continuous learning for collaboration

For the eleventh consecutive year, Jane Hart has polled thousands of respondents and asked what are their Top Tools for Learning. I contributed my own list of tools once again this year. In addition to the extensive list, complete with Jane’s observations and insights, she provides an interesting look at ten of the emerging trends. I find two of the trends of significant interest.

  • Learning at work is becoming personal and continuous.
  • Team collaboration tools support the real social learning at work.

Learning at work

One of the primary reasons to promote learning at work is because it is directly linked to innovation. Gary Klein examined 120 case studies and in, Seeing what Others Don’t, identified five ways that we gain insight.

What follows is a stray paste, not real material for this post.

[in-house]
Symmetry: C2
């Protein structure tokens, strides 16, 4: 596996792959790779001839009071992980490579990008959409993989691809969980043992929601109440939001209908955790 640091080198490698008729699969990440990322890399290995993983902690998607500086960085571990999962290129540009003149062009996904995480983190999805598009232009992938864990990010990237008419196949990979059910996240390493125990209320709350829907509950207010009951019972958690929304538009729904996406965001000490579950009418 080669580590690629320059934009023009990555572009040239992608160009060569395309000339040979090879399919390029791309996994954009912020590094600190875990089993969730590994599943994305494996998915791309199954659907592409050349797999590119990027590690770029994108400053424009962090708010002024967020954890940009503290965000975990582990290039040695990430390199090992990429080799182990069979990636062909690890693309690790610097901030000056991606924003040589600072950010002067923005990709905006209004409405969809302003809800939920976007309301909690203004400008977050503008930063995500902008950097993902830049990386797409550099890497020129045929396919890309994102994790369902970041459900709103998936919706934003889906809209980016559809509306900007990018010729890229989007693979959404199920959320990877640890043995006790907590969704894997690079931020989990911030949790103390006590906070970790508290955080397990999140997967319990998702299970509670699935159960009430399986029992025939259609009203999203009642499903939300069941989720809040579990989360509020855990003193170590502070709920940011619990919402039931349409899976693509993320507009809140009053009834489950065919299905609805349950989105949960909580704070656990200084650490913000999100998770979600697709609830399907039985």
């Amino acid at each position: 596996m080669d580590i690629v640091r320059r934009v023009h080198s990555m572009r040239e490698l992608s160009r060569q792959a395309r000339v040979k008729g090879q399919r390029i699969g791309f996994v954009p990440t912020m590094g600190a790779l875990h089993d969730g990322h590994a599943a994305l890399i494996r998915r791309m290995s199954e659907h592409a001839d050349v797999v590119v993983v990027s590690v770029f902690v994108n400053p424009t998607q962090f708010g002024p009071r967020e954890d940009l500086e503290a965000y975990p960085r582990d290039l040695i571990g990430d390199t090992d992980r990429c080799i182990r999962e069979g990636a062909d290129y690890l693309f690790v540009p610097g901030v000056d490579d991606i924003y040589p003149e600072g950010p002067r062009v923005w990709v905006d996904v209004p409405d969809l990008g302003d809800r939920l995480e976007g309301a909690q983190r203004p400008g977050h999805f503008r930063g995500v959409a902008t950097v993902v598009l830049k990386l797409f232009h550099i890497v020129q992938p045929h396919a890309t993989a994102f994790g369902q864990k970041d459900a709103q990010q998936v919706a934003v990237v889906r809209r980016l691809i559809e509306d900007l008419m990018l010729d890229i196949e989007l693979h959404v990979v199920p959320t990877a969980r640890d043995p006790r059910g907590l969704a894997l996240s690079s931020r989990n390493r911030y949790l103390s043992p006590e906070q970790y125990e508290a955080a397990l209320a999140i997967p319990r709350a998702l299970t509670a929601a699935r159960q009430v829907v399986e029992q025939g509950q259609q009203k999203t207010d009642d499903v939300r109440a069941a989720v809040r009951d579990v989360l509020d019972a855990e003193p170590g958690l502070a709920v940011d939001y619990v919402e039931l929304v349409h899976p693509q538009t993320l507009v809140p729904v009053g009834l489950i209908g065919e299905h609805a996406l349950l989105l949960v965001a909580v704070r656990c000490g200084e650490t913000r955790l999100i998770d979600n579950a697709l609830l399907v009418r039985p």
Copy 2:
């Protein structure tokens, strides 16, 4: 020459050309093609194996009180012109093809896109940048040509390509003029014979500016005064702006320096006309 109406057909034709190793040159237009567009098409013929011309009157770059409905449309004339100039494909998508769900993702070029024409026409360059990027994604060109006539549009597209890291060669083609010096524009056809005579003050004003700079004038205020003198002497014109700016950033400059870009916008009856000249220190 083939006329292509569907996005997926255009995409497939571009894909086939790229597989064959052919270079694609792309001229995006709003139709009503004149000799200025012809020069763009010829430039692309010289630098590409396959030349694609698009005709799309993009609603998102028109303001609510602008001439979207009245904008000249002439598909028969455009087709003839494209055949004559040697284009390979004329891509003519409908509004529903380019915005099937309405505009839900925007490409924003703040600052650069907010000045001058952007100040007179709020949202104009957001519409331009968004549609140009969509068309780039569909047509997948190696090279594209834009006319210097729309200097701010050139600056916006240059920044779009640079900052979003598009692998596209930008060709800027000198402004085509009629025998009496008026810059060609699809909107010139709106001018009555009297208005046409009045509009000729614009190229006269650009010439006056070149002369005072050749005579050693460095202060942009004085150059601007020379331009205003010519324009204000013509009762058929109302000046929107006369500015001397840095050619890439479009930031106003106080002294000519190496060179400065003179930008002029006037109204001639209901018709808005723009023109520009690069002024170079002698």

1. Curiosity
  2. Connections
  3. Coincidences
  4. Contradictions
  5. Creative Desperation


toward distributed governance

Last year I wrote a post — cities & the future of work — as an introduction to my session with the Prime Minister’s Office of Finland. I have been invited back to Helsinki this year to further discuss some issues around reforming the government’s operating practices particularly moving toward a more collaborative culture.